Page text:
Shunning the Trans-Pacific Partnership Was a Costly Mistake
Within Weeks after his 2016 election victory, President Trump announced his intention to withdraw the United States from the Trans-Pacific Partnership (TPP), a multilateral trade deal designed to build an economic bulwark against China. This decision paved the way for the signing this weekend of the Regional Comprehensive Economic Partnership (RCEP), a free trade agreement between China and 14 Asian neighbors.
The RCEP – signed by the ten members of the Association of Southeast Asian Nations as well as Australia, China, Japan, New Zealand and South Korea – covers 2.3 billion people, making it the biggest trade deal ever, even after India’s full-scale withdrawal. He returns. While this has marginal material consequences for the global economy, his signing represents another step in China’s march towards regional domination.
RCEP will phase out most tariffs between member countries over a 20-year period, a provision that essentially replicates existing trade agreements. Indeed, previous agreements with much more comprehensive and stricter rules have already made it possible to achieve most of the trade liberalization included in the RCEP, thus mitigating its effect. Rather than changing the economic terrain of the region, RCEP merges a mishmash of bilateral and plurilateral agreements into a single framework.
However, it contains an important provision establishing a common rule of origin. Whereas previously companies had to obtain various certifications to ship products between member countries, they now only need one so-called certificate of origin. This facilitates the management of the supply chain and could encourage companies to locate more of their production in the region.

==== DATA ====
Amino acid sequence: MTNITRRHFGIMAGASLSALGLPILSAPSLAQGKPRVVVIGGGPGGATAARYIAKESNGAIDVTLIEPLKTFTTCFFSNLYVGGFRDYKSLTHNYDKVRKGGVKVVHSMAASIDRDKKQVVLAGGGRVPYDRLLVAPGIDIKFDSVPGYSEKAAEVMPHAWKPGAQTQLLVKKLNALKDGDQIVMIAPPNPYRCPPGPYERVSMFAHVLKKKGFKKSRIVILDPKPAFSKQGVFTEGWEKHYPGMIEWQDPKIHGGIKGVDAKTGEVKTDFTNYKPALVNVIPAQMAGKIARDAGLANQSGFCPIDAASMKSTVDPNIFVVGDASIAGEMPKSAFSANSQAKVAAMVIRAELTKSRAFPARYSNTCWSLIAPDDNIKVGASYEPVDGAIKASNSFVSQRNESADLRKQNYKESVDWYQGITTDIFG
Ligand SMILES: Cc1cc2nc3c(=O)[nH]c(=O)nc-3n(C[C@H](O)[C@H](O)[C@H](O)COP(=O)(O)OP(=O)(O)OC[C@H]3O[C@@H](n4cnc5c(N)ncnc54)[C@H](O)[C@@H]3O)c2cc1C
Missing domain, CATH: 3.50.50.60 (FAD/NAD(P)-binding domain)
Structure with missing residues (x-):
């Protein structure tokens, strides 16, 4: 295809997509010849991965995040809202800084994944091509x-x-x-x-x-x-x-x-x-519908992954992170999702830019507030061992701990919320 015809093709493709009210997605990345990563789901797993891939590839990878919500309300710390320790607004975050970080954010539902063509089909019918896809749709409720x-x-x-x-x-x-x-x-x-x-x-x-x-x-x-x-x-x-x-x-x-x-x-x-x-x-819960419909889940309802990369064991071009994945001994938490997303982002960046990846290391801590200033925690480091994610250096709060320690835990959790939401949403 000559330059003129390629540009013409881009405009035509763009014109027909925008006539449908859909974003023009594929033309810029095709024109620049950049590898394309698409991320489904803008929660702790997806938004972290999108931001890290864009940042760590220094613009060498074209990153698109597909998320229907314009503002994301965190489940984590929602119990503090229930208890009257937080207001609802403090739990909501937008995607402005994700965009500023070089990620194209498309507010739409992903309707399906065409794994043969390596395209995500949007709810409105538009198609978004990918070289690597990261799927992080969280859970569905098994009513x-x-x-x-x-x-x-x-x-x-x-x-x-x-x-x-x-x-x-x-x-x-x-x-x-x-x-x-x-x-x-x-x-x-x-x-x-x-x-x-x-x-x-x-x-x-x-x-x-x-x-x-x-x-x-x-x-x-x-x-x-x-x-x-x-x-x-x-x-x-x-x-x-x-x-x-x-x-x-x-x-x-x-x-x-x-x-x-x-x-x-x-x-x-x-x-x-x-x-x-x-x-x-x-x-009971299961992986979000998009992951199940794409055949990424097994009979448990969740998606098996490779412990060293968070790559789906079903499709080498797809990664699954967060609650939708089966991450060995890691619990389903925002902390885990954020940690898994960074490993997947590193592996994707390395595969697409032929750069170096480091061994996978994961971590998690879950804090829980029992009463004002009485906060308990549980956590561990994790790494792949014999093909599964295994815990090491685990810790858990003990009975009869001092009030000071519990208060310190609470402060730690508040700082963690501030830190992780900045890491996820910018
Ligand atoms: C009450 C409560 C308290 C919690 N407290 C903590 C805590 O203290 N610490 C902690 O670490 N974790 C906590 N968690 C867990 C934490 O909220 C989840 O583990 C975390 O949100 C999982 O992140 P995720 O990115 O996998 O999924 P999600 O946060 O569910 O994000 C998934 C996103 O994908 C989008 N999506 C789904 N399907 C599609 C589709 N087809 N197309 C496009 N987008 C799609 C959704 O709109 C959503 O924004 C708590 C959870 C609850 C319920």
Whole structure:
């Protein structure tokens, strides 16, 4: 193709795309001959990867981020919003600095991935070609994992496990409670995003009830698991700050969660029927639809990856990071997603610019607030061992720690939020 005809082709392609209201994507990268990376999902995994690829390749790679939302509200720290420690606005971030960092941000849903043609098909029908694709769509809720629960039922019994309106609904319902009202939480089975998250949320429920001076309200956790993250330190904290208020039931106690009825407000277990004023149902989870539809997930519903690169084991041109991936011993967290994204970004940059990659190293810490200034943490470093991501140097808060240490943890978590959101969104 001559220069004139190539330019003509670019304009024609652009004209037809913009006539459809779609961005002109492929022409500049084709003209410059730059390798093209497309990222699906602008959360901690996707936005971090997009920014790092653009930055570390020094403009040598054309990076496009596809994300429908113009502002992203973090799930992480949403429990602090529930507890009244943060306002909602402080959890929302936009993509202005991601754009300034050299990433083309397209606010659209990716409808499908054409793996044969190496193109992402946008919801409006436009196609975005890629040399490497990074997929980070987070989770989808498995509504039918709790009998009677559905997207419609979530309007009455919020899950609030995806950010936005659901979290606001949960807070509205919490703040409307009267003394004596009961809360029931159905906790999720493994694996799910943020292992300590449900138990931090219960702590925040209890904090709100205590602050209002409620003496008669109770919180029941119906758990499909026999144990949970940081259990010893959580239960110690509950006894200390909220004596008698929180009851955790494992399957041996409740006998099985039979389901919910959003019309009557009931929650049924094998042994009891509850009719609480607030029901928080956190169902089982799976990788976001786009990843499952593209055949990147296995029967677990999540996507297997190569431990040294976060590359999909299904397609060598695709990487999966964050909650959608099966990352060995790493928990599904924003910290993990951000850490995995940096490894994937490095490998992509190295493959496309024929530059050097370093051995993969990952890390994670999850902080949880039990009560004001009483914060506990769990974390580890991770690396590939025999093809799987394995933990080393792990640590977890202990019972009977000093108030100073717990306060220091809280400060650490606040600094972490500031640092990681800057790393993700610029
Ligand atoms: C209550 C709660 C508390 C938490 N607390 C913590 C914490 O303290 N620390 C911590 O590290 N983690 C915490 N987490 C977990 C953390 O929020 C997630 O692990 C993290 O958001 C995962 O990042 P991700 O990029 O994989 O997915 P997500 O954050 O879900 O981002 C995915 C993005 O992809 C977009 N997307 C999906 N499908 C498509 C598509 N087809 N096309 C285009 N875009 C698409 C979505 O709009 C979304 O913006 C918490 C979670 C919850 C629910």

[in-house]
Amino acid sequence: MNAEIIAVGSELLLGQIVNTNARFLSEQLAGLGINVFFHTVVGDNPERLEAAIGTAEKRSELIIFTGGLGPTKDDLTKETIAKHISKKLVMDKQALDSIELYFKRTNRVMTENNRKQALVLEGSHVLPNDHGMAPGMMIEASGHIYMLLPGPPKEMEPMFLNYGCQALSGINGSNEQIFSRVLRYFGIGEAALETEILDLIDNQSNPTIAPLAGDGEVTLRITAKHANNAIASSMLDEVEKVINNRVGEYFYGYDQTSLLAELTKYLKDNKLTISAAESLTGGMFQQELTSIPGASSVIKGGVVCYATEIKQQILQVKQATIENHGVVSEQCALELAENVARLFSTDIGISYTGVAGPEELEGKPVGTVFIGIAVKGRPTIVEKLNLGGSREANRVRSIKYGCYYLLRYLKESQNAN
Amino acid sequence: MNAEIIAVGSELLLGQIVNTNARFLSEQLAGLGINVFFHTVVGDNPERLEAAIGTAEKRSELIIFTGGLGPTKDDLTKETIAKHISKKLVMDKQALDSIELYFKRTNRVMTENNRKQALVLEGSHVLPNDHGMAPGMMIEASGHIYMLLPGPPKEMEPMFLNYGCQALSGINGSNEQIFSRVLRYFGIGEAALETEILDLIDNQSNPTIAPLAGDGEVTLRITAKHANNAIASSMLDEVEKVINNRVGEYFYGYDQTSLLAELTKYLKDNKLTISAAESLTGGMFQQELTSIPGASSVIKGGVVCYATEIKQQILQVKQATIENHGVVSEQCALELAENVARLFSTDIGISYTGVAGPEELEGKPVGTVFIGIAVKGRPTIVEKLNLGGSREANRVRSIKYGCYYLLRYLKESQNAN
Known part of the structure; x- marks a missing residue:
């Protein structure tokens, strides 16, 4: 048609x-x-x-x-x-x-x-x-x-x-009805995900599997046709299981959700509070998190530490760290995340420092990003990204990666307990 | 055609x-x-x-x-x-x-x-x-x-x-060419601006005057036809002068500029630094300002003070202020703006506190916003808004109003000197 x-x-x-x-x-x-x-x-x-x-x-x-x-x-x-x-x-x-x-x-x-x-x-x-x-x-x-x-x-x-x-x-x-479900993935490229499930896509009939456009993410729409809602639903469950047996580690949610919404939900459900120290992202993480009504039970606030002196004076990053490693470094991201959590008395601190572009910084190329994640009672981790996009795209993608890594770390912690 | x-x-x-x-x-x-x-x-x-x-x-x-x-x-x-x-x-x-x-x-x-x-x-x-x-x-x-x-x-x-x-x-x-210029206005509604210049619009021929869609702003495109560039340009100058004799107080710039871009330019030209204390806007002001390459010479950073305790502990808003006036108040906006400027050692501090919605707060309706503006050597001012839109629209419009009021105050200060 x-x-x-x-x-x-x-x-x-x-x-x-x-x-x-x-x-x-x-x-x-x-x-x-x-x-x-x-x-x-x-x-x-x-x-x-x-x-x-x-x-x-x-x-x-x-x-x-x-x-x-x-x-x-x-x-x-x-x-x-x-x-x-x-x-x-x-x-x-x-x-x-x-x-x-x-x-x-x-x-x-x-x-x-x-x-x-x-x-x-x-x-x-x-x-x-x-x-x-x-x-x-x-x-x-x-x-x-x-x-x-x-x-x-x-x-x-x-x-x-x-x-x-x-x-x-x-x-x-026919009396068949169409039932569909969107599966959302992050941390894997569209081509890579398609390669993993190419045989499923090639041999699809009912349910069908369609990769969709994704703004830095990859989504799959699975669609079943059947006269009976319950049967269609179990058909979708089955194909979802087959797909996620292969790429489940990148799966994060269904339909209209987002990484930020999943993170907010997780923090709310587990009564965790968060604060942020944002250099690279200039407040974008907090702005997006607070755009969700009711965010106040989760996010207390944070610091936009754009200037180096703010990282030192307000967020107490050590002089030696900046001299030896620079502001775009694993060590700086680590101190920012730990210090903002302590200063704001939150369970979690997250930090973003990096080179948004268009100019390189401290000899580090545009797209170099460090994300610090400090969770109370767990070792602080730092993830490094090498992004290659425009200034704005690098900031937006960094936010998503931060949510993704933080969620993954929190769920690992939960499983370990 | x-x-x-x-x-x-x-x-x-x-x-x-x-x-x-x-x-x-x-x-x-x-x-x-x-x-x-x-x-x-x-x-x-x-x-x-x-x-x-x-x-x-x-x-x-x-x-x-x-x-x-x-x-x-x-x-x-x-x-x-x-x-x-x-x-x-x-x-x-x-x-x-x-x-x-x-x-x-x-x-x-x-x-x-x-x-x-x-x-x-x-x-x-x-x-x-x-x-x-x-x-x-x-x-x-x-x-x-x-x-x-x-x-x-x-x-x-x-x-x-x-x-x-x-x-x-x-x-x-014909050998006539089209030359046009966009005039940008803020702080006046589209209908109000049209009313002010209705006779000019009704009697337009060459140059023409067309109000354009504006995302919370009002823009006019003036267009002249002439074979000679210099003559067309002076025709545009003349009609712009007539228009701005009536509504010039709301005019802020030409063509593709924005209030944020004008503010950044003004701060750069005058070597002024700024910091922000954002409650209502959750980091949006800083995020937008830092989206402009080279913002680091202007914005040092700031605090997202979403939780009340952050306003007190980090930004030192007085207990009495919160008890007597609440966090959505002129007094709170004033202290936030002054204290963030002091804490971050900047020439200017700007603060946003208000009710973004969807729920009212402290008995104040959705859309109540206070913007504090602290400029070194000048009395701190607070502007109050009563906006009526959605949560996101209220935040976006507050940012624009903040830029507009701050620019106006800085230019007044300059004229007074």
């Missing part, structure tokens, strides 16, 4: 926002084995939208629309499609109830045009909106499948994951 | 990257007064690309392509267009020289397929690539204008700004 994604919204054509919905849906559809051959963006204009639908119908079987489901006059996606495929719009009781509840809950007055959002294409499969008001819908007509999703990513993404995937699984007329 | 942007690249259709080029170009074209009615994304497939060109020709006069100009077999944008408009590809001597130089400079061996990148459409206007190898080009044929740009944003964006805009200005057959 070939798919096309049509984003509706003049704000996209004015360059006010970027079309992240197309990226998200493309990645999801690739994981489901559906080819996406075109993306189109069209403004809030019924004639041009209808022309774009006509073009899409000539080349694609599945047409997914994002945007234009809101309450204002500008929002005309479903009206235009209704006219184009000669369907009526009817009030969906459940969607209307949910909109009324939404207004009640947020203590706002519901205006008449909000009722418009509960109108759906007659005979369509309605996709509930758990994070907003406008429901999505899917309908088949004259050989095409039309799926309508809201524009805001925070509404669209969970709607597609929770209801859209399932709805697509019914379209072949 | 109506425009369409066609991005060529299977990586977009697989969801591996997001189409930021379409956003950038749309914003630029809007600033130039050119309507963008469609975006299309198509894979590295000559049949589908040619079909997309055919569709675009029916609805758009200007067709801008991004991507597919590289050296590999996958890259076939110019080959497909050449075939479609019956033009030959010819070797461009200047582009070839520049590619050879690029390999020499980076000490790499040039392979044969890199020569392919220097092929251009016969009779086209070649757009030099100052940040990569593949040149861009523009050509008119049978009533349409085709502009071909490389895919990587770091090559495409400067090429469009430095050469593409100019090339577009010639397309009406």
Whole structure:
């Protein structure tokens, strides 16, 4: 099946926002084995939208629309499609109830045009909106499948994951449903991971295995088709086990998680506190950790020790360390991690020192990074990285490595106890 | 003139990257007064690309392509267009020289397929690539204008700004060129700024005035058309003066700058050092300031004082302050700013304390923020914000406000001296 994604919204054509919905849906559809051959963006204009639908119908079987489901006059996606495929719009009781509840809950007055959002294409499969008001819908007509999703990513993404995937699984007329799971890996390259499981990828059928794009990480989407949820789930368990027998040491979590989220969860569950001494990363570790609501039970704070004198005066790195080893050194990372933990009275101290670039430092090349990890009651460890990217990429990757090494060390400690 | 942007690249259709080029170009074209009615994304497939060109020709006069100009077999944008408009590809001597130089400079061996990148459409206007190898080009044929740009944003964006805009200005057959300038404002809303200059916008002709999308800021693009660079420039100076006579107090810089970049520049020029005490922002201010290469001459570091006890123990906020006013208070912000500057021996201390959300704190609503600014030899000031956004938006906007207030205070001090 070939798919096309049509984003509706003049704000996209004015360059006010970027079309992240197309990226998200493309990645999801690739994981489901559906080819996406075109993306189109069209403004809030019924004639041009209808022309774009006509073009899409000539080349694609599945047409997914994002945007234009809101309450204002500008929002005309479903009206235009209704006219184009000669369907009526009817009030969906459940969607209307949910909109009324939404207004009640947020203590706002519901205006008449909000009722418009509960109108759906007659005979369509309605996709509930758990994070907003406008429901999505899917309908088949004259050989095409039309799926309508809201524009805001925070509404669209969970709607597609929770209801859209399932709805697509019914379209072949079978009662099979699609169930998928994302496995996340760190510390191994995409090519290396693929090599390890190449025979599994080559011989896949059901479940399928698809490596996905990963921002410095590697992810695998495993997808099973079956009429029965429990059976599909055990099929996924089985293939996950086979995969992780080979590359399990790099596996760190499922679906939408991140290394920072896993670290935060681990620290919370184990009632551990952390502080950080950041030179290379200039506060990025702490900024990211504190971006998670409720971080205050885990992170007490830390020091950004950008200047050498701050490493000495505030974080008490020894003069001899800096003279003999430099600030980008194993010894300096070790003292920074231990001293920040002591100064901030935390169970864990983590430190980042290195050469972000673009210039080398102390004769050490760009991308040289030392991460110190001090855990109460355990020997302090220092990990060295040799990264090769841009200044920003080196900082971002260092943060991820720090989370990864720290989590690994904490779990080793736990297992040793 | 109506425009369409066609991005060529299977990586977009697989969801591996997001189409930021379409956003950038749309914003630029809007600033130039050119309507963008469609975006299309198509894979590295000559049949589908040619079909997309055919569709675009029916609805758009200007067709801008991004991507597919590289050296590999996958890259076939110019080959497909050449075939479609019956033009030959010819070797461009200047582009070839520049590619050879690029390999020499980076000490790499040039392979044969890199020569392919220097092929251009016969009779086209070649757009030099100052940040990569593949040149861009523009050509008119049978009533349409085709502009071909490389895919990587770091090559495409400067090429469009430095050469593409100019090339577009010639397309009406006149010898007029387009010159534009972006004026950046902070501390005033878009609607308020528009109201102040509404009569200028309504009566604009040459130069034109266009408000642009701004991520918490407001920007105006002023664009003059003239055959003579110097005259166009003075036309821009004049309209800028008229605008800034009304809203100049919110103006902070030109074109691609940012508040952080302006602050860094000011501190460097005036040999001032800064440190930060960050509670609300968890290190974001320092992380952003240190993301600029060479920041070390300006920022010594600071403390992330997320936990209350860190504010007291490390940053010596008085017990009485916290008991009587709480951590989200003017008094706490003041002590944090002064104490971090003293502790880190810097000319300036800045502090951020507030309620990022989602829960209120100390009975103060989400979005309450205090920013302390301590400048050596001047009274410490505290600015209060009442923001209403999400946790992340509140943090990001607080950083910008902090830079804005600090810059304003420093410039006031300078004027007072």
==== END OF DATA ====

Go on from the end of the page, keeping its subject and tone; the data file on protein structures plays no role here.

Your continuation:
Otherwise, the agreement maintains the economic status quo in Asia: it leaves trade in services, investment and intellectual property intact, and unlike the TPP, it contains no environmental or labor rules.
Nonetheless, the sheer size of the trade zone should worry Washington, which has missed opportunity after opportunity to turn grievances from China’s neighbors into meaningful political victories. If past ASEAN agreements are any indication, the reach of RCEP is likely to expand over time. And the countries most willing to team up with the United States against China – Japan and South Korea – are among the biggest beneficiaries of the deal. By abdicating our role in the region, we have enabled our allies to become more dependent on Chinese businesses and consumers just as Beijing escalates its military and diplomatic aggression.
The Trump administration deserves to be commended for pointing out the dangers of China’s economic wrongdoing. For too long, Western leaders have overlooked trade barriers, industrial subsidies, and theft of intellectual property that have given China an unfair advantage in international trade. But over the past four years, the White House has never set clear and coherent goals for economic policy in Asia, often taking actions that contradict each other.
Tariffs intended to punish China ended up hitting imports from Japan, Taiwan, Canada and the European Union. Like his decision to pull out of the TPP, Trump’s trade war has repeatedly weakened American allies best positioned to fight Beijing.
Unfortunately, we don’t expect better from the incoming administration. President-elect Biden is used to playing down the Chinese threat and has not announced his intention to join the TPP or strike an alternative trade deal. The more Washington neglects its leadership role in Asia, the sooner Beijing’s dream of regional domination will materialize.